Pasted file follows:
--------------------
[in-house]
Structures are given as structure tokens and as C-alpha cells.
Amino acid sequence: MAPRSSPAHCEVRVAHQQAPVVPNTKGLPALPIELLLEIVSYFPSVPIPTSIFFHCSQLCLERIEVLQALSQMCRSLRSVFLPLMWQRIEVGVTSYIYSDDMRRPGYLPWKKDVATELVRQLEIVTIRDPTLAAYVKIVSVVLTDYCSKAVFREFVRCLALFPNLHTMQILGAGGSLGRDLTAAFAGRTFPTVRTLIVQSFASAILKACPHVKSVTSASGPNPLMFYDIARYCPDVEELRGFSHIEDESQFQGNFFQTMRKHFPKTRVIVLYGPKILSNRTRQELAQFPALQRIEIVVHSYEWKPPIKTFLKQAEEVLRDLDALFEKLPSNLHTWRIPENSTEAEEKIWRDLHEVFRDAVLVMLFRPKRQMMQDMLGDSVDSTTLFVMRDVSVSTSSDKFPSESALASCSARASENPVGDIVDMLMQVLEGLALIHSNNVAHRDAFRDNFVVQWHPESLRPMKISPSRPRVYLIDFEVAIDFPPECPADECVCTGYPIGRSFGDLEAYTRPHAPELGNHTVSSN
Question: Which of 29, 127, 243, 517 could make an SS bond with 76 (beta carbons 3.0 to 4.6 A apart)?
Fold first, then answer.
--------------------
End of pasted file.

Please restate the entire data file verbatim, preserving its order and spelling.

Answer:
[in-house]
Structures are given as structure tokens and as C-alpha cells.
Amino acid sequence: MAPRSSPAHCEVRVAHQQAPVVPNTKGLPALPIELLLEIVSYFPSVPIPTSIFFHCSQLCLERIEVLQALSQMCRSLRSVFLPLMWQRIEVGVTSYIYSDDMRRPGYLPWKKDVATELVRQLEIVTIRDPTLAAYVKIVSVVLTDYCSKAVFREFVRCLALFPNLHTMQILGAGGSLGRDLTAAFAGRTFPTVRTLIVQSFASAILKACPHVKSVTSASGPNPLMFYDIARYCPDVEELRGFSHIEDESQFQGNFFQTMRKHFPKTRVIVLYGPKILSNRTRQELAQFPALQRIEIVVHSYEWKPPIKTFLKQAEEVLRDLDALFEKLPSNLHTWRIPENSTEAEEKIWRDLHEVFRDAVLVMLFRPKRQMMQDMLGDSVDSTTLFVMRDVSVSTSSDKFPSESALASCSARASENPVGDIVDMLMQVLEGLALIHSNNVAHRDAFRDNFVVQWHPESLRPMKISPSRPRVYLIDFEVAIDFPPECPADECVCTGYPIGRSFGDLEAYTRPHAPELGNHTVSSN
Question: Which of 29, 127, 243, 517 could make an SS bond with 76 (beta carbons 3.0 to 4.6 A apart)?
Fold first, then answer.